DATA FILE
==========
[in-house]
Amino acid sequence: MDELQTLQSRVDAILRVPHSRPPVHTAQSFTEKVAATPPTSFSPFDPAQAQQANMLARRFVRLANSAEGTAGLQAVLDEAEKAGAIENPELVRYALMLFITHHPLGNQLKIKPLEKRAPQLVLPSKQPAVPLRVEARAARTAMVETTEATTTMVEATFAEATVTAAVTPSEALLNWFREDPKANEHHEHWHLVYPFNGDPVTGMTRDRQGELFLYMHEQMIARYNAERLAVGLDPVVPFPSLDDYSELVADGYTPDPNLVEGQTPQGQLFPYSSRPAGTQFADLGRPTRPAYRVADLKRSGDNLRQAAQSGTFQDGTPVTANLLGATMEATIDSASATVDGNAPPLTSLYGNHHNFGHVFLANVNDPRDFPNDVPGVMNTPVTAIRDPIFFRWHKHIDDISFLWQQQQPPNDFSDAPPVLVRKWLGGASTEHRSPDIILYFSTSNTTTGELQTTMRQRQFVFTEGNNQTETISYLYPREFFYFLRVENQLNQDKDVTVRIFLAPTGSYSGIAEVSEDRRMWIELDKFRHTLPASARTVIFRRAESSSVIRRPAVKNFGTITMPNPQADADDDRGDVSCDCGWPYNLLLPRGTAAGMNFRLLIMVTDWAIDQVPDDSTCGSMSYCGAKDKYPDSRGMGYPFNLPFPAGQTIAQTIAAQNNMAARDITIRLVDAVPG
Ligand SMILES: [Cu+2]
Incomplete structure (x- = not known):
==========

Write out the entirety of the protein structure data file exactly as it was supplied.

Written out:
[in-house]
Amino acid sequence: MDELQTLQSRVDAILRVPHSRPPVHTAQSFTEKVAATPPTSFSPFDPAQAQQANMLARRFVRLANSAEGTAGLQAVLDEAEKAGAIENPELVRYALMLFITHHPLGNQLKIKPLEKRAPQLVLPSKQPAVPLRVEARAARTAMVETTEATTTMVEATFAEATVTAAVTPSEALLNWFREDPKANEHHEHWHLVYPFNGDPVTGMTRDRQGELFLYMHEQMIARYNAERLAVGLDPVVPFPSLDDYSELVADGYTPDPNLVEGQTPQGQLFPYSSRPAGTQFADLGRPTRPAYRVADLKRSGDNLRQAAQSGTFQDGTPVTANLLGATMEATIDSASATVDGNAPPLTSLYGNHHNFGHVFLANVNDPRDFPNDVPGVMNTPVTAIRDPIFFRWHKHIDDISFLWQQQQPPNDFSDAPPVLVRKWLGGASTEHRSPDIILYFSTSNTTTGELQTTMRQRQFVFTEGNNQTETISYLYPREFFYFLRVENQLNQDKDVTVRIFLAPTGSYSGIAEVSEDRRMWIELDKFRHTLPASARTVIFRRAESSSVIRRPAVKNFGTITMPNPQADADDDRGDVSCDCGWPYNLLLPRGTAAGMNFRLLIMVTDWAIDQVPDDSTCGSMSYCGAKDKYPDSRGMGYPFNLPFPAGQTIAQTIAAQNNMAARDITIRLVDAVPG
Ligand SMILES: [Cu+2]
Incomplete structure (x- = not known):